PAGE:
Writer: Mark Verheiden
Artists: Kevin Maguire, Dave McCaig(c)
When I saw this issue of Superman/Batman in Previews nearly boasting about Power Girl being reunited with the "real" Huntress, I naturally suspected treachery and greeted the announcement with derision. I thought to myself it's probably just the generic Huntress in the "real" Huntress' costume. That could not possibly be Helena Wayne.
The other shoe dropping turns out to be that the whole story is Power Girl's dream. Years ago, I would have probably railed against such a cheap trick. I've since learned that there are cheaper tricks, and quite frankly, I'll take Huntress back any way I can get her.
Had the Huntress come back after Snotty-El punched time, I still would have thought the Infinite Crisis was meaningless crap, but I would have always added the caveat "however, it did one good thing. It brought back the Huntress." If she came back in the form of DC's latest gimmick lesbianism, I wouldn't care. You can have her feeling up Montoya all you want. Bestiality? Okay. Have her making out with Ace the Bathound. Just give me back the "real" Huntess" and ditch the poser.
Mark Verheiden, the new writer of Superman/Batman, while making the return of the Huntress a dream does not treat the dream as a dream. Meaning, the team-up between Huntress and Power Girl has a plot that functions logically through the characters. Nothing in the book is presented as surreal. Verheiden writes Power Girl, the Huntress, Batman, Superman and the villains as they were. The only catch is that it's just a dream, but this dream makes far more sense than the whole of the DC universe. The last page in fact catches up with the "reality" of DCU proper, and it made me ill.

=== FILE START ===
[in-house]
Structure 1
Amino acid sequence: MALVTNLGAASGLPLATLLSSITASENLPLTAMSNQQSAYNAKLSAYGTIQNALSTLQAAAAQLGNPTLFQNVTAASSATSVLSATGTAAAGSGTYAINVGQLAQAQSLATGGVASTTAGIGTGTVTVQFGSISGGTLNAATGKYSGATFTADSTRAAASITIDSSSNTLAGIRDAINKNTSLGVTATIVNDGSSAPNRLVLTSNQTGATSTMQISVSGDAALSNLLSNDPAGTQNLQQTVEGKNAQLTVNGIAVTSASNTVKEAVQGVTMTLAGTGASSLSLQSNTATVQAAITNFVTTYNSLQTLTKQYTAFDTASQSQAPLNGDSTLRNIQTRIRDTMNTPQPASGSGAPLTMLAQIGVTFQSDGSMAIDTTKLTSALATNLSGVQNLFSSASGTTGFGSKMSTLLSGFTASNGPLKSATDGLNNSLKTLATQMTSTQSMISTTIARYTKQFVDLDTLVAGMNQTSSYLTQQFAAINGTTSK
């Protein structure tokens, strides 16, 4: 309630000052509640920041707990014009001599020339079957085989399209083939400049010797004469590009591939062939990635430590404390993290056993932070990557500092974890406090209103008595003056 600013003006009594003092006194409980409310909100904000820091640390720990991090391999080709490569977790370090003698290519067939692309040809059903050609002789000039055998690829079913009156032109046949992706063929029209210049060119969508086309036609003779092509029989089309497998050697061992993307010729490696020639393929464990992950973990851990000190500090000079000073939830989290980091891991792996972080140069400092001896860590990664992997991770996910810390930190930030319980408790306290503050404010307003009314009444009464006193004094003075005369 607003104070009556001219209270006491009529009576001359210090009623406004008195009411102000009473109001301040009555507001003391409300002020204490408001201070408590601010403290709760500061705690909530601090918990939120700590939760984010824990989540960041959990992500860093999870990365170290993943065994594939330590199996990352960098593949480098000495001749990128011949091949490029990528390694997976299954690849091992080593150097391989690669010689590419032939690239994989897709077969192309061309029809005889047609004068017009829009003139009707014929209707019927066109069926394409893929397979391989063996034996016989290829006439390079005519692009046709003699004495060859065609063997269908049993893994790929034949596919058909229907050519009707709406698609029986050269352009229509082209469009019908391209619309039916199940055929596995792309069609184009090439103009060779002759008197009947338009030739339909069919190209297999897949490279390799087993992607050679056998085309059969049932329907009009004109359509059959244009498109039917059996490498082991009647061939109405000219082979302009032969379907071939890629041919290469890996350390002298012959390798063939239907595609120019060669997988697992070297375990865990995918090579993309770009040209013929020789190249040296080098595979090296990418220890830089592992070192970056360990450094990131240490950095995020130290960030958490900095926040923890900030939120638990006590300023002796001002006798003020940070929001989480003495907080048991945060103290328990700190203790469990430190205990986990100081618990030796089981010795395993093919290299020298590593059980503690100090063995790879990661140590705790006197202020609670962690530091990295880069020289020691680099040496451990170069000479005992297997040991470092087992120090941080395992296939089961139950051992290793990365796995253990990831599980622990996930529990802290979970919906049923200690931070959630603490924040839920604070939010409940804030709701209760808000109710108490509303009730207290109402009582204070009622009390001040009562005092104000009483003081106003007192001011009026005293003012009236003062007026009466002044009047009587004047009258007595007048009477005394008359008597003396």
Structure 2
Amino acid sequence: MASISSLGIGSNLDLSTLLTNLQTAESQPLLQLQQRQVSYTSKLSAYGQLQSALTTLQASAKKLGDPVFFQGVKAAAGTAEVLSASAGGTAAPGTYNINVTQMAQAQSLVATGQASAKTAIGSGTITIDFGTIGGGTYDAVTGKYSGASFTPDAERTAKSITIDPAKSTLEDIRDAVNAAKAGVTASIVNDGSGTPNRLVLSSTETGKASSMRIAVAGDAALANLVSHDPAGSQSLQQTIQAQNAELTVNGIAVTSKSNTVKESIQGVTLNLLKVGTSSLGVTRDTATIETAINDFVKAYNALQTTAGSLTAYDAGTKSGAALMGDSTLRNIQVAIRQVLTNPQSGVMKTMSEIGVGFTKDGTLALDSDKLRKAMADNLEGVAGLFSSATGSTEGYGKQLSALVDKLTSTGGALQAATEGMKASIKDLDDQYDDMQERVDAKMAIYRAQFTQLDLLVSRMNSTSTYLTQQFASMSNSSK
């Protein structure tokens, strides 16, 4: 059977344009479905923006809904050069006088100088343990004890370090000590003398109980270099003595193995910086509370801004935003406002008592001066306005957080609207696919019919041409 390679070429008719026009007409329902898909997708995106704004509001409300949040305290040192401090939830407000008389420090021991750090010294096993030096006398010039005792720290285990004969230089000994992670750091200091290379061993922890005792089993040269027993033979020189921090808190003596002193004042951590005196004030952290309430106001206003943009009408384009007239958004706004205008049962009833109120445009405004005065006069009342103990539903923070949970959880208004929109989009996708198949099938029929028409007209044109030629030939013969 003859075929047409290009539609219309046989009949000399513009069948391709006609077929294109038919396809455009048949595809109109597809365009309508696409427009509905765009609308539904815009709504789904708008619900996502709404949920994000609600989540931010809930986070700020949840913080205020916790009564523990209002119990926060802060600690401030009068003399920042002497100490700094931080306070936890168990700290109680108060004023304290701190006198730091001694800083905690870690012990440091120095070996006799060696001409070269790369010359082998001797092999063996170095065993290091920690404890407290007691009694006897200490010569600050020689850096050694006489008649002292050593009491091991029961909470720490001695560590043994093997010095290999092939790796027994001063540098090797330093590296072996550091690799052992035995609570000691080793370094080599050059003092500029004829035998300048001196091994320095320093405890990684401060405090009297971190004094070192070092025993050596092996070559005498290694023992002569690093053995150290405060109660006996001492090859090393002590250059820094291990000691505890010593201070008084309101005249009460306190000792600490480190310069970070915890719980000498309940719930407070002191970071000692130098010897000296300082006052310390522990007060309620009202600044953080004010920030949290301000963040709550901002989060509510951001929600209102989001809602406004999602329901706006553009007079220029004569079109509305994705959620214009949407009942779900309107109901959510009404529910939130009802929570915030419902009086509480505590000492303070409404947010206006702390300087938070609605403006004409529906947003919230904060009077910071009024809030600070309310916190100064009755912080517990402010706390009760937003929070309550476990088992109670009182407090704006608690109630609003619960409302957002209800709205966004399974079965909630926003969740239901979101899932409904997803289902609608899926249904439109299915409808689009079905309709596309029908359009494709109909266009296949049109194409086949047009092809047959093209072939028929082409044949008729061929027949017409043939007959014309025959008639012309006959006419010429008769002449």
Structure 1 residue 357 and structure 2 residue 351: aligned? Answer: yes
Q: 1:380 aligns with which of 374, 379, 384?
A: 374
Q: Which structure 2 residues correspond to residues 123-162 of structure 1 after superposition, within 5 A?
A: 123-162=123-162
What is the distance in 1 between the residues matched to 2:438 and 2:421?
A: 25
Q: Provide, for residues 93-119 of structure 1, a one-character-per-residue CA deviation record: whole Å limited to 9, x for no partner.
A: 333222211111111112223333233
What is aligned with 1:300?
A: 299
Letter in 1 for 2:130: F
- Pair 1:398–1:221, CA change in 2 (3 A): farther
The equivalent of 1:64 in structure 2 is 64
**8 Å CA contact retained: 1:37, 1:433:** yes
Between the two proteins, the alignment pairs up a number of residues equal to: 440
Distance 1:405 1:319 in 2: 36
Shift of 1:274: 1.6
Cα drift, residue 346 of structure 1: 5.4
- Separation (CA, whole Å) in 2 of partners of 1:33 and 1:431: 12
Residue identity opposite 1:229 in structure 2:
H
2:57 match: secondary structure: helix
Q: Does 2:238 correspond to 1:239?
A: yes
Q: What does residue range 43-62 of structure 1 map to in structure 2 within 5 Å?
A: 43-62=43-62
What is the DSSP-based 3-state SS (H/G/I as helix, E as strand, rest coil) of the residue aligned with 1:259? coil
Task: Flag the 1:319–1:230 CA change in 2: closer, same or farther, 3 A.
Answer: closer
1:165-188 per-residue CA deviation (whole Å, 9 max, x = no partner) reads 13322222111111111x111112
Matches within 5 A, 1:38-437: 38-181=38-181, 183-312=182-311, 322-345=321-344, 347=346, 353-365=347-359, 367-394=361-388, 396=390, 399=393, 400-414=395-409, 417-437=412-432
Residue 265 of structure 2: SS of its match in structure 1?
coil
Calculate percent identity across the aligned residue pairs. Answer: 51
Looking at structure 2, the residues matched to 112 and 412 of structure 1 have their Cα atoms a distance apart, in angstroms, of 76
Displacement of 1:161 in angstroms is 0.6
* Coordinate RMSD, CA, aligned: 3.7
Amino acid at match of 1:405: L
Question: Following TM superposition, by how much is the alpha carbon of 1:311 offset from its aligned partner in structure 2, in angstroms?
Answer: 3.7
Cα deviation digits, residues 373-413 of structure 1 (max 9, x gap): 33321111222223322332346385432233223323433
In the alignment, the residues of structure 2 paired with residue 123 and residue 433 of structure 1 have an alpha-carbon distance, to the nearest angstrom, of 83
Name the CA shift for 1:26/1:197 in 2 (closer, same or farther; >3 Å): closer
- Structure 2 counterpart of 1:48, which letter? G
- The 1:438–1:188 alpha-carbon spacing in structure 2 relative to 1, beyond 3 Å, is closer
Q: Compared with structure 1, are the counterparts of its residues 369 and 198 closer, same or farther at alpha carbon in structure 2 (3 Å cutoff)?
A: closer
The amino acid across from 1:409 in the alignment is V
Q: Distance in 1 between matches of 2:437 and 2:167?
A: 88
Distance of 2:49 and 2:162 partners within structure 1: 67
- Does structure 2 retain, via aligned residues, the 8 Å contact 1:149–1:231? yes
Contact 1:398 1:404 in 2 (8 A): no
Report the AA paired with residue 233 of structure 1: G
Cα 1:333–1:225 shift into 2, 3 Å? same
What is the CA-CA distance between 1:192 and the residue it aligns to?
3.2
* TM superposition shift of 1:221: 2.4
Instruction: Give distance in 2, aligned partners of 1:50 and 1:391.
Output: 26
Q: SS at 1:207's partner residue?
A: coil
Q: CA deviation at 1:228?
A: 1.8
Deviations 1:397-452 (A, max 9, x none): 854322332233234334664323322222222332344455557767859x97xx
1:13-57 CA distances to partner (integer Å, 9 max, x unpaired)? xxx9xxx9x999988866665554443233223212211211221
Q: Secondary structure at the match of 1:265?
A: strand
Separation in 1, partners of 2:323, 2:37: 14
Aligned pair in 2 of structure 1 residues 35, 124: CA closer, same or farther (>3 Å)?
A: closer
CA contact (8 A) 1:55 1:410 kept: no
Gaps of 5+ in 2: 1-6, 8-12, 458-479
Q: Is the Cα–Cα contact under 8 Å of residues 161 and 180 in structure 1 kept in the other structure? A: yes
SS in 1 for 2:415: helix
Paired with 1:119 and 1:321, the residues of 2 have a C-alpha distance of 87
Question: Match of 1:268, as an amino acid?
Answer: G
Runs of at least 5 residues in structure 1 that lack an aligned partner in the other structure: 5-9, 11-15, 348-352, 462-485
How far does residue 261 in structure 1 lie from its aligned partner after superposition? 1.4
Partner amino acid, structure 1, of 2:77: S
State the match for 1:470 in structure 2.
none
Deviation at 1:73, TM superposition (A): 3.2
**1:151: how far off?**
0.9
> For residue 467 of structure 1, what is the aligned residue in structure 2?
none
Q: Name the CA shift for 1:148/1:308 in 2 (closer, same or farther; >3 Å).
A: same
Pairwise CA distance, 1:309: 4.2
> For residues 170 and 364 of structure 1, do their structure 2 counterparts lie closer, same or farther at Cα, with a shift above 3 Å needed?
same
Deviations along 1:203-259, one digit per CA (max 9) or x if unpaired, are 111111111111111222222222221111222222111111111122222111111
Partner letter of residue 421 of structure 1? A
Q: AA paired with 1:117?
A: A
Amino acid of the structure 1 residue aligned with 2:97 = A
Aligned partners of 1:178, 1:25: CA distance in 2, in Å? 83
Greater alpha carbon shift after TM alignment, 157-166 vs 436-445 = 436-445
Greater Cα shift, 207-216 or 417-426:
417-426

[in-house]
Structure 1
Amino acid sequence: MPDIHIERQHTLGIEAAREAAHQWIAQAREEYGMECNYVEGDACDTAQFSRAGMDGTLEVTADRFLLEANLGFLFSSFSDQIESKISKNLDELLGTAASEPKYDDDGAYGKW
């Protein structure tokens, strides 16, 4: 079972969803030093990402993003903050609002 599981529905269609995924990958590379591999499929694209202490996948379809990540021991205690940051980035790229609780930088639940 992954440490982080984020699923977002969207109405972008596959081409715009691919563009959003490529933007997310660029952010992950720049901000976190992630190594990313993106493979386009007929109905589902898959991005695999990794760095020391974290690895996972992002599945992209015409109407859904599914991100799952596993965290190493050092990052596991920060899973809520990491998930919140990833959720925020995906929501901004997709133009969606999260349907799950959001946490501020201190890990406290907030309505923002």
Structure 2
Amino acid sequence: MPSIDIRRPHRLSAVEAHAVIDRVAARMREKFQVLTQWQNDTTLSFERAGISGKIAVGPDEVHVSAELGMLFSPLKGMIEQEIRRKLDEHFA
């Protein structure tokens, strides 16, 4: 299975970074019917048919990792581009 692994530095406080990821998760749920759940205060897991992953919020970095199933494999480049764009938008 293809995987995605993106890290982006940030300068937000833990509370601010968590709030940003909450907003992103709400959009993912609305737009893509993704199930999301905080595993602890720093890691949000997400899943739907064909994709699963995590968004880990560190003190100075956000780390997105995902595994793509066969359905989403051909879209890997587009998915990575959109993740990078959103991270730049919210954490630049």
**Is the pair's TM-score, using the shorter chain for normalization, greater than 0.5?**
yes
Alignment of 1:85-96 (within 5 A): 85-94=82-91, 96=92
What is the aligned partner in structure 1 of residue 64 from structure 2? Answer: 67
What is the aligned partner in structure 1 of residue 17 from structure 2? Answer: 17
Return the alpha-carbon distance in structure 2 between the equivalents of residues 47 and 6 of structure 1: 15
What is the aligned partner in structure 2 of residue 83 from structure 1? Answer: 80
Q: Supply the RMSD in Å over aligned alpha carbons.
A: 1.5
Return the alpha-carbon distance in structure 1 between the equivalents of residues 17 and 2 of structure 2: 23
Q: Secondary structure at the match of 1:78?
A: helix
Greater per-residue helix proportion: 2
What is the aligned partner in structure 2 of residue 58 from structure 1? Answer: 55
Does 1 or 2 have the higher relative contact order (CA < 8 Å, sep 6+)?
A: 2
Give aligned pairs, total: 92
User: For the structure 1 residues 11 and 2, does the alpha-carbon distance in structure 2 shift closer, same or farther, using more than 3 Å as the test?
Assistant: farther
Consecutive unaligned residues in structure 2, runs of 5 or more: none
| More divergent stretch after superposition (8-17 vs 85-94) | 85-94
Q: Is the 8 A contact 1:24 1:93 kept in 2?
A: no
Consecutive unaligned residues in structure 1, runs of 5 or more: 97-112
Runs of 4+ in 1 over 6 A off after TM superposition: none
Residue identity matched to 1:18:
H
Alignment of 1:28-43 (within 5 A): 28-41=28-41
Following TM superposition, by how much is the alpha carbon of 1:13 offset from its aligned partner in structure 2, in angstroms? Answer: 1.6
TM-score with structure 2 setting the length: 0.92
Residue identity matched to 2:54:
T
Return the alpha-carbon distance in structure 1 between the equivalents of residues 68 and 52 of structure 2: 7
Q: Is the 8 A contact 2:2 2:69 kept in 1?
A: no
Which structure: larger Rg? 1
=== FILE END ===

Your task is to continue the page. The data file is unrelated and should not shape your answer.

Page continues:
Previews also decided to tell another cruel joke. The idea of Kevin Maguire handling the artwork for the book struck me as even funnier than an actual tale of the "actual" Huntress appearing in the post-Crisis DCU. Kevin Maguire. Right. Pull the other one. I knew damn well that he would probably be replaced at the last minute by some no-talent. So I did an initial flip through at the Phantom of the Attic, and lo and behold, Kevin Maguire illustrates the "real" Huntress. He illustrates the entire book and not just one chapter either. I'm stunned. If you could have seen my expression as I read the book it would have been one of a madly grinning deer caught in headlights.
While there is a catch, Verheiden gives we readers so desperate for the return of Helena Wayne, the "real" Huntress, what we want. This issue of Superman/Batman is carefully plotted tale that's exuberant in its celebration of what was, meaningful to these characters--even those who never existed--and self-contained. Kevin Maguire also really does draw the whole damn thing. Consider this then a diamond among the coal.
What did you think of this book?
Have your say at the Line of Fire Forum!